• Keep it short: Some of your employees will undoubtedly have a lot to say about the company, their role, and the corporate culture. Others may have strong feelings but fewer essay-length answers to share. While it’s smart to leave space for additional comments, never overwhelm your team with an endless survey. Instead, keep it as short as possible, taking care to ask only the questions you truly want answered.
  • Make it count: Few employees will want to spend time on a task that doesn’t produce visible results. When you give the survey, tell your team you’re planning to take action based on some of the results. When you do make changes down the road, emphasize the survey’s role in shaping those new policies or incentives.

10 questions to ask on an employee satisfaction survey

Forget about asking outdated questions that don’t really tell you anything. Instead, ask your employees these 10 questions and pay close attention to the results.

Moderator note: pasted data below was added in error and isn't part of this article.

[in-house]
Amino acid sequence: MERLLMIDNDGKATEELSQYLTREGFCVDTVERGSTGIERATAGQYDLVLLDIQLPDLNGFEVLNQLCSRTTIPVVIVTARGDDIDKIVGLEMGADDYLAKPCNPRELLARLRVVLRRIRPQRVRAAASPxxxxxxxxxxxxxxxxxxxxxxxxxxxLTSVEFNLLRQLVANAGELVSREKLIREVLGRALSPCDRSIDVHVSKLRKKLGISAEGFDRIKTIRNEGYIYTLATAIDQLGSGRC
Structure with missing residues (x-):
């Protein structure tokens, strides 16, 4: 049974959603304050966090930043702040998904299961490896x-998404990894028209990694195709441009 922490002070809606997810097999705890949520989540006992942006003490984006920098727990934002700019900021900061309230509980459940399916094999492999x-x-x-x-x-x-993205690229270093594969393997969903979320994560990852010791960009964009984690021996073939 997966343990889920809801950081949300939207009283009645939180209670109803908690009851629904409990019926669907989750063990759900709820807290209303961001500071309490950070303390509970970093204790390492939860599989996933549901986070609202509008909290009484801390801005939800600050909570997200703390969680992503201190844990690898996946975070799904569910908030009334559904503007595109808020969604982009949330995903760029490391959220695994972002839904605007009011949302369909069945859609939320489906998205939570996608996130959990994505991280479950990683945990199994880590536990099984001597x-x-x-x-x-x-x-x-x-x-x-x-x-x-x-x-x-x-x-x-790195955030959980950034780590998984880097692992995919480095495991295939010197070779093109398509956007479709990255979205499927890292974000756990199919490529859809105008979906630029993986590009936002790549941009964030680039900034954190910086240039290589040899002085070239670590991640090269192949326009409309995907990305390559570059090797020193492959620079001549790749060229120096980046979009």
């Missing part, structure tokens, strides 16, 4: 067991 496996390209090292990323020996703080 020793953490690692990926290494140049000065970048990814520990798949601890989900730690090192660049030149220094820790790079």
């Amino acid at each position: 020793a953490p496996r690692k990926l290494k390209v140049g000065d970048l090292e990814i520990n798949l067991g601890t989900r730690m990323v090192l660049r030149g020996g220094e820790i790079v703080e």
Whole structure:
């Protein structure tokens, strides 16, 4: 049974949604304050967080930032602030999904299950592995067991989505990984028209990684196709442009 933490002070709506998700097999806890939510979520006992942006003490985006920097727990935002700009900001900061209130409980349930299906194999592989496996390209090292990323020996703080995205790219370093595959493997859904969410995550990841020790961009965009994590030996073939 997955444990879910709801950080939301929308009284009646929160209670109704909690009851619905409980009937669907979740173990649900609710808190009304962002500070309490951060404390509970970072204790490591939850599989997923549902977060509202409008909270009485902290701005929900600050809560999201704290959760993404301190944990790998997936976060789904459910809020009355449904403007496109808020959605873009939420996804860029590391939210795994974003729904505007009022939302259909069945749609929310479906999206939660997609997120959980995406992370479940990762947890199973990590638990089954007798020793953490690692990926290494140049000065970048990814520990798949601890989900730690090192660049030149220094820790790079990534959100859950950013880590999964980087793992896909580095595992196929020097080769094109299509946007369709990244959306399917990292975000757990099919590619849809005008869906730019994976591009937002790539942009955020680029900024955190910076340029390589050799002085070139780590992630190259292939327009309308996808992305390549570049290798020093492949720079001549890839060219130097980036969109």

• Do you understand the company’s mission and goals? As a business owner, you know the company’s mission and goals like the back of your hand. Do your employees know or care what they are? Ask this question to hear your team’s viewpoint, and take their answers to heart. If their responses are way off, it might be time to rethink how you’re accomplishing strategic goals.
  • Can you see how your work contributes to the company’s mission? This is an open-ended way to find out how fulfilling your employees find their work. Their responses will reveal whether they see the bigger picture and if they feel like they’re part of the larger team.